In any viewing experience, one can’t help but notice the conceptual jump from artist to audience—there is a kind of translation that occurs, shaped by a viewer’s reference points, experiences, and mood, just as the work itself is a product of the emotional/political/cultural environment the artist finds themselves in. In Jinwoo Hwon Lee’s exhibition //Tell Them I Said Hello//, a collection of 23 black and white pigment prints, these experiential layers build so indelibly that even the starkest of aesthetic contrasts crackle with a kind of charge that requires the “/.” It’s an energy which necessitates alternatives, additions, piling feelings until the print is humming with them. I can’t touch them, but if I could, a small part of me thinks that my body might jolt.
While the stylized marks around exhibition titles are common for Aviary’s online shows, the double slashes are imbued with new meaning in the case of //Tell Them I Said Hello//. In the coding language Python (and perhaps in others, I am already out of my depth), the double-slash, “//”, functions somewhat like parentheses do in other written text. It allows the coder to add in a kind of private, personalized note, either to other coders, or to themselves, reacting to certain lines. The “//”, from what I understand, tells the computer to ignore what follows it. That is, the human element is isolated, emotion at once included and also encrypted in the lines of code.
Lee makes explicit an insidious kind of coding in his own experience of immigrating to the United States—a furious scramble to type new commands in a language you’ve never used in order to execute tasks to which you have no cultural anchor. It is to employ, his work suggests, a kind of encryption of the self, a compartmentalization. In his artist’s statement, Lee describes his personal experience moving to the U.S. from Korea, writing:
“I did not speak what everyone spoke.”
Rather than confining this description to denote language, Lee, a poet as well as a visual artist, leaves open the concept of a larger sense of alienation.
Lee, who came to the U.S. once as a toddler, and then immigrated by himself at 19, speaks to the experience of having his internal complexity abstracted, all observation and connection rendered external. “I knew no one,” he adds. “People in the small town noticed me by my color.” One might imagine him having to flag his inner thoughts and feelings with that same //ignore// signal. Lee’s chosen title for the show is piercingly intimate, and made more so by this addition. It’s as if you were eavesdropping on a conversation you weren’t meant to hear:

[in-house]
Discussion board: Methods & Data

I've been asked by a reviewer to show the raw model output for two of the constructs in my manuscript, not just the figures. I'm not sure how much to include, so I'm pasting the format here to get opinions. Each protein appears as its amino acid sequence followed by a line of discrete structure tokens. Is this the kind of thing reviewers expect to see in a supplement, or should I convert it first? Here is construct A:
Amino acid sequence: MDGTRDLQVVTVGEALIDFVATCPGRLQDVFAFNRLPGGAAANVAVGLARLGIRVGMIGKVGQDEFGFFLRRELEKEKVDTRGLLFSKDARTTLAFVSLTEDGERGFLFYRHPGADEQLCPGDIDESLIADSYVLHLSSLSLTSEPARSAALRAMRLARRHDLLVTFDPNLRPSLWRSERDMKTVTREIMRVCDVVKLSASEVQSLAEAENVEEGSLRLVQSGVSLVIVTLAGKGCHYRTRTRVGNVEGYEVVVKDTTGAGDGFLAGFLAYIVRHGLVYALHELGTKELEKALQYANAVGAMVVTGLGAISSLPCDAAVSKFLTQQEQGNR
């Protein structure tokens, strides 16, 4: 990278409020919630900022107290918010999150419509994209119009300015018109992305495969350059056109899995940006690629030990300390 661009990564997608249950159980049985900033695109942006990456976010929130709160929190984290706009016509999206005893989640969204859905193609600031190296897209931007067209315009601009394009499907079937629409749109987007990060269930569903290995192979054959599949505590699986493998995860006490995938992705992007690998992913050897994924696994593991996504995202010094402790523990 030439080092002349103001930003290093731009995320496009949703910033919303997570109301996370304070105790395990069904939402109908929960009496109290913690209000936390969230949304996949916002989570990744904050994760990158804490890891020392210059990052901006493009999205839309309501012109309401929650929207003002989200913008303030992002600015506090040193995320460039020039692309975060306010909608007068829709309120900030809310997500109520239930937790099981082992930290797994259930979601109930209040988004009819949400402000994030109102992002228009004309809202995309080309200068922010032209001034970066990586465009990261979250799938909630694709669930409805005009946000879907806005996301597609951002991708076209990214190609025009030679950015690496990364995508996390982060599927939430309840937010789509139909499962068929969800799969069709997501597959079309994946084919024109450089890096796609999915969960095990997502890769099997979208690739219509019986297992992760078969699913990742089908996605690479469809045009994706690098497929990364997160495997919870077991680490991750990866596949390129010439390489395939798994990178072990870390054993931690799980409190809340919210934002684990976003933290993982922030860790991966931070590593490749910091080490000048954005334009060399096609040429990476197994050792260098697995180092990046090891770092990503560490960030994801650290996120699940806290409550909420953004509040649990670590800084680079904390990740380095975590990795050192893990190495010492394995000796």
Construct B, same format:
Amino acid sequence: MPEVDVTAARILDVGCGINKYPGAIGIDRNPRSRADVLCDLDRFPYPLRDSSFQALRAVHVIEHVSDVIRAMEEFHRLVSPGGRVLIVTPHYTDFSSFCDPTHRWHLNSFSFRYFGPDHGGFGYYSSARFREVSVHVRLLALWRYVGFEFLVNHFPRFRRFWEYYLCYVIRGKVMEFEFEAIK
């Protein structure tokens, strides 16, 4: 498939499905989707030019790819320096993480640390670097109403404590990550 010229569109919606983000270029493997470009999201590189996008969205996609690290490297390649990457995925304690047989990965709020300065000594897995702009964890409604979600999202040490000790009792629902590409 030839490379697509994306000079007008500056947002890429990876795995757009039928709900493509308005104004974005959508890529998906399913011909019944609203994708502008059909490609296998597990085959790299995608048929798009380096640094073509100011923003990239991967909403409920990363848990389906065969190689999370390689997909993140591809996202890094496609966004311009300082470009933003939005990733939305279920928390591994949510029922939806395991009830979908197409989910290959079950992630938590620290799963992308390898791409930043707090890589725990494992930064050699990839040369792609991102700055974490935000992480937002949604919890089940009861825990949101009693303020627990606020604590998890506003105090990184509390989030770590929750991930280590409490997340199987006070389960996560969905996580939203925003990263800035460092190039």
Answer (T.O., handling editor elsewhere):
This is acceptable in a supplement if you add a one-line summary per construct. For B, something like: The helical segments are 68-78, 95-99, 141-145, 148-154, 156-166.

//Tell them I said hello//
“The eclectic black and white photographs in the series reflect the never resolved physical and emotional distance between two homes,” explains Lee. “The images hardly show a full face of a person. This signifies the scattered and undermined identity as a liminal. Oscillating between a citizen and an immigrant, I never felt fully understood or wholeheartedly considered. Some nuances were always dismissed.”
When I came upon the print Non-protective Colors, I immediately closed my eyes. I didn’t even realize I had shut them until I noticed I had to open them again in order to continue looking. I have observed this same kind of stupor in the European hornets that stagger onto our front porch in the mornings. At night they make me flinch when they beat their bodies against the glass doors, drawn in by the porch light. In daylight, they seem drunk, almost. A kind of involuntary downgrading of executive functioning. Worker hornets, females (I think, anyway). They’re starting to die off as the sun cuts through colder and colder temperatures.
A few seconds into this moment of sudden and utter disorientation, I was able to start blinking back the glare of sun on snow that leaps from the photograph. Lee’s show invokes a discordant meshing of selfhood and socially-constructed reality. The prints themselves, though awash in soft grays and rich blacks, ignite the edges of the border between the present and the past, what is real and what isn’t.
I let my body recalibrate, feeling like a bit of an idiot. Even as my eyes adjusted to the print’s softness, the aftershock of my immediate, physical reaction reverberated under their lids.
In the wild, protective colors enable prey to camouflage themselves, or become otherwise unattractive to potential predators. Poison Dart Frogs, most notably found in The Amazon, are multicolored, often in dizzying, neon hues. Though this makes them stand out against the vegetation, this coloration acts as a warning to predators to stay away.
Where his other prints feature more greyscale, Lee leans into the harshness of a more definitive black and white palette in Non-protective Colors. The print evokes some feelings that viewers can share—the rawness of winter air on skin, the glare of light refracting off of snow banks. However, in keeping with his exploration of the forced reduction of nuance in the “[oscillation] between citizen and immigrant,” Lee also implicates the viewer in their consumption of the fractured, black-and-white narrative. The vulnerability embedded in the title of the print forces an acknowledgment of the power dynamics between those who are “in” and those who are “out.” Perhaps, even, between a predator and its prey.
“In a greater context,” concludes Lee, “the seemingly disjointed objects and people photographed in the series portray the alienated under different settings. The loose strings among the images are metaphors of many individuals’ firsthand testimonies. Joining this personal confession, viewers are invited to imagine their own version of alienation.”